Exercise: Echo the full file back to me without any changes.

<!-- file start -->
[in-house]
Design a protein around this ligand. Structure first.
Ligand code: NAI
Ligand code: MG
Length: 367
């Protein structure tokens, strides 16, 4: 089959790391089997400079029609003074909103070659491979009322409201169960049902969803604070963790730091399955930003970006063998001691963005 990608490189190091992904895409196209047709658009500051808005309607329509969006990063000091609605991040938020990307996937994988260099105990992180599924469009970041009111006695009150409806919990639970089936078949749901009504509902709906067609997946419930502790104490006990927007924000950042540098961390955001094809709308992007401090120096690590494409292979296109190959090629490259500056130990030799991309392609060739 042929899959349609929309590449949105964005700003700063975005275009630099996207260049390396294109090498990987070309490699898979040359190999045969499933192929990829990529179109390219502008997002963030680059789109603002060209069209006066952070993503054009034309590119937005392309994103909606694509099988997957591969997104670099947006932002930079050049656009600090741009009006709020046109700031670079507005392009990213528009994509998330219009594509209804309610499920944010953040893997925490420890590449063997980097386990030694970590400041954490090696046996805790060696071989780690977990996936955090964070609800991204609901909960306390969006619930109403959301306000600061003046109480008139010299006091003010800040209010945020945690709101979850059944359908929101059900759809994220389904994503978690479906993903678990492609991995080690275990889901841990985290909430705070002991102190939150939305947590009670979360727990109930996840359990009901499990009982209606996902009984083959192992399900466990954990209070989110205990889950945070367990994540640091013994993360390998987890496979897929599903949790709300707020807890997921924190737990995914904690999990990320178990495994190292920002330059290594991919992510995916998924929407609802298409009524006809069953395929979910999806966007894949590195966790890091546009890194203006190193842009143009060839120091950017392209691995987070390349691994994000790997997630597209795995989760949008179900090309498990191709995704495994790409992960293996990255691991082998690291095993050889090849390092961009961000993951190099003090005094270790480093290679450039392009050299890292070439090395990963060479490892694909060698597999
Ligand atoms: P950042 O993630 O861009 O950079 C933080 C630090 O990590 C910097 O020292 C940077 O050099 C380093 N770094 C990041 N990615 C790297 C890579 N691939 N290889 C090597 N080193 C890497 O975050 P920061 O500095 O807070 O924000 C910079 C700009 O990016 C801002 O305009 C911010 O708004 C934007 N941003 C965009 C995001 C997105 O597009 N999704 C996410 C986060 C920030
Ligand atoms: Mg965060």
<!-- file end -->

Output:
[in-house]
Design a protein around this ligand. Structure first.
Ligand code: NAI
Ligand code: MG
Length: 367
């Protein structure tokens, strides 16, 4: 089959790391089997400079029609003074909103070659491979009322409201169960049902969803604070963790730091399955930003970006063998001691963005 990608490189190091992904895409196209047709658009500051808005309607329509969006990063000091609605991040938020990307996937994988260099105990992180599924469009970041009111006695009150409806919990639970089936078949749901009504509902709906067609997946419930502790104490006990927007924000950042540098961390955001094809709308992007401090120096690590494409292979296109190959090629490259500056130990030799991309392609060739 042929899959349609929309590449949105964005700003700063975005275009630099996207260049390396294109090498990987070309490699898979040359190999045969499933192929990829990529179109390219502008997002963030680059789109603002060209069209006066952070993503054009034309590119937005392309994103909606694509099988997957591969997104670099947006932002930079050049656009600090741009009006709020046109700031670079507005392009990213528009994509998330219009594509209804309610499920944010953040893997925490420890590449063997980097386990030694970590400041954490090696046996805790060696071989780690977990996936955090964070609800991204609901909960306390969006619930109403959301306000600061003046109480008139010299006091003010800040209010945020945690709101979850059944359908929101059900759809994220389904994503978690479906993903678990492609991995080690275990889901841990985290909430705070002991102190939150939305947590009670979360727990109930996840359990009901499990009982209606996902009984083959192992399900466990954990209070989110205990889950945070367990994540640091013994993360390998987890496979897929599903949790709300707020807890997921924190737990995914904690999990990320178990495994190292920002330059290594991919992510995916998924929407609802298409009524006809069953395929979910999806966007894949590195966790890091546009890194203006190193842009143009060839120091950017392209691995987070390349691994994000790997997630597209795995989760949008179900090309498990191709995704495994790409992960293996990255691991082998690291095993050889090849390092961009961000993951190099003090005094270790480093290679450039392009050299890292070439090395990963060479490892694909060698597999
Ligand atoms: P950042 O993630 O861009 O950079 C933080 C630090 O990590 C910097 O020292 C940077 O050099 C380093 N770094 C990041 N990615 C790297 C890579 N691939 N290889 C090597 N080193 C890497 O975050 P920061 O500095 O807070 O924000 C910079 C700009 O990016 C801002 O305009 C911010 O708004 C934007 N941003 C965009 C995001 C997105 O597009 N999704 C996410 C986060 C920030
Ligand atoms: Mg965060």